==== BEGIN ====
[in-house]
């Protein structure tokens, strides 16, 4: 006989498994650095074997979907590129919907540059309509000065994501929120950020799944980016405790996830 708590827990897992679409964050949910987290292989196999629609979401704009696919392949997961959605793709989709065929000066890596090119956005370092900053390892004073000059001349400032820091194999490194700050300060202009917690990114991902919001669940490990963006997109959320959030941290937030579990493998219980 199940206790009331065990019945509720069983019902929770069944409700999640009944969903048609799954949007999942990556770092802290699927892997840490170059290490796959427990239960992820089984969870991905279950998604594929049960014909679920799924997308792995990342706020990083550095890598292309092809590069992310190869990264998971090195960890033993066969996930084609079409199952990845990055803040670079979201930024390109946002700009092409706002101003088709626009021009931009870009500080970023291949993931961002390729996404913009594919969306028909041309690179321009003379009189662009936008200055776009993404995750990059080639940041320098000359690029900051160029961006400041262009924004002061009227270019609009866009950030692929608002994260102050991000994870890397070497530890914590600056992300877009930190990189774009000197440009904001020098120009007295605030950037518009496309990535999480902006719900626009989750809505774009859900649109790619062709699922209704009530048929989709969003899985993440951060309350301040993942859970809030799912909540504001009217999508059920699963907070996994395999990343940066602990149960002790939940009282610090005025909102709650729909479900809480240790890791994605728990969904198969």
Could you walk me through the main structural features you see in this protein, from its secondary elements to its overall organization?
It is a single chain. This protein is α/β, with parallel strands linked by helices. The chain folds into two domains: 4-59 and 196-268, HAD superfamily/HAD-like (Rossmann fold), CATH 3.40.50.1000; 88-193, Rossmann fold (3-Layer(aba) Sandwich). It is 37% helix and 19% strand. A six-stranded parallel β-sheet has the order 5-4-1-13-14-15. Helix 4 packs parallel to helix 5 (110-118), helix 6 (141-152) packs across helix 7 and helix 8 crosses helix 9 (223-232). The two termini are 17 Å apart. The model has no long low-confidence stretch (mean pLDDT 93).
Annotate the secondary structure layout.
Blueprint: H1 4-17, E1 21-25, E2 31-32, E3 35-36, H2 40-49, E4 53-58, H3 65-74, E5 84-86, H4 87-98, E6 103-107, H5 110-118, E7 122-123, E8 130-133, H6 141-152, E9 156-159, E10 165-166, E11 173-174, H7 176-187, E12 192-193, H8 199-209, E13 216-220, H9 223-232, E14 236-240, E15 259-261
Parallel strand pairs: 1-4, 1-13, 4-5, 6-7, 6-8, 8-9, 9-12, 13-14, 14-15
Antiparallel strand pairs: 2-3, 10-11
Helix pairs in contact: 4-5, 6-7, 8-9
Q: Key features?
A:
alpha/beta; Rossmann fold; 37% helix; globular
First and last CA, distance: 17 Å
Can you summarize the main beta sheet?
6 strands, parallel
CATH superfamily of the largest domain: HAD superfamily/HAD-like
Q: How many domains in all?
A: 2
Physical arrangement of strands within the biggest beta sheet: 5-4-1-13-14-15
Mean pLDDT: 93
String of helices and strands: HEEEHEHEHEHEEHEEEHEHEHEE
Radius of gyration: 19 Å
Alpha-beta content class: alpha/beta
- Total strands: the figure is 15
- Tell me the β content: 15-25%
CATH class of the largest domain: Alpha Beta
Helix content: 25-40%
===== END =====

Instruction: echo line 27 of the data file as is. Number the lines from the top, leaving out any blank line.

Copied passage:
Helix content: 25-40%